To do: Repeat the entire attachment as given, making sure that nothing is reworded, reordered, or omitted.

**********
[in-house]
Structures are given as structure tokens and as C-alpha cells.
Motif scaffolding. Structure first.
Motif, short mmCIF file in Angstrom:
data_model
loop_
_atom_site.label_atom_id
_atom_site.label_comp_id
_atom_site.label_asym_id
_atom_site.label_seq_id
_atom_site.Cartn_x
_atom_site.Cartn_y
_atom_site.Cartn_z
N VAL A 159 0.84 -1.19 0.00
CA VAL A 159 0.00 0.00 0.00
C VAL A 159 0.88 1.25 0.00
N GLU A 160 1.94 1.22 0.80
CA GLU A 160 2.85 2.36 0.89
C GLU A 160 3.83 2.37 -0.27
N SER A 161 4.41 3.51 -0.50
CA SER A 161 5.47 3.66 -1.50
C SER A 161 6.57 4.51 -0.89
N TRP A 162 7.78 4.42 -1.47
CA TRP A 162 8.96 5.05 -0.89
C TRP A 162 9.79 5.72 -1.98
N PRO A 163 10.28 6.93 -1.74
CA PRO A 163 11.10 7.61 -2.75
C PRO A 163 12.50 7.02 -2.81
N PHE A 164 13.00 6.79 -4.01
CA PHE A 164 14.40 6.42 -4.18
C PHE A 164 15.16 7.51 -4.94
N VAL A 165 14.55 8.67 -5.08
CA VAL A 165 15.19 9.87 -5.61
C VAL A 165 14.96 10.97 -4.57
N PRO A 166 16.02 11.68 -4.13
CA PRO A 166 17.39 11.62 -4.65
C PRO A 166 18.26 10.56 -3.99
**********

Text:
[in-house]
Structures are given as structure tokens and as C-alpha cells.
Motif scaffolding. Structure first.
Motif, short mmCIF file in Angstrom:
data_model
loop_
_atom_site.label_atom_id
_atom_site.label_comp_id
_atom_site.label_asym_id
_atom_site.label_seq_id
_atom_site.Cartn_x
_atom_site.Cartn_y
_atom_site.Cartn_z
N VAL A 159 0.84 -1.19 0.00
CA VAL A 159 0.00 0.00 0.00
C VAL A 159 0.88 1.25 0.00
N GLU A 160 1.94 1.22 0.80
CA GLU A 160 2.85 2.36 0.89
C GLU A 160 3.83 2.37 -0.27
N SER A 161 4.41 3.51 -0.50
CA SER A 161 5.47 3.66 -1.50
C SER A 161 6.57 4.51 -0.89
N TRP A 162 7.78 4.42 -1.47
CA TRP A 162 8.96 5.05 -0.89
C TRP A 162 9.79 5.72 -1.98
N PRO A 163 10.28 6.93 -1.74
CA PRO A 163 11.10 7.61 -2.75
C PRO A 163 12.50 7.02 -2.81
N PHE A 164 13.00 6.79 -4.01
CA PHE A 164 14.40 6.42 -4.18
C PHE A 164 15.16 7.51 -4.94
N VAL A 165 14.55 8.67 -5.08
CA VAL A 165 15.19 9.87 -5.61
C VAL A 165 14.96 10.97 -4.57
N PRO A 166 16.02 11.68 -4.13
CA PRO A 166 17.39 11.62 -4.65
C PRO A 166 18.26 10.56 -3.99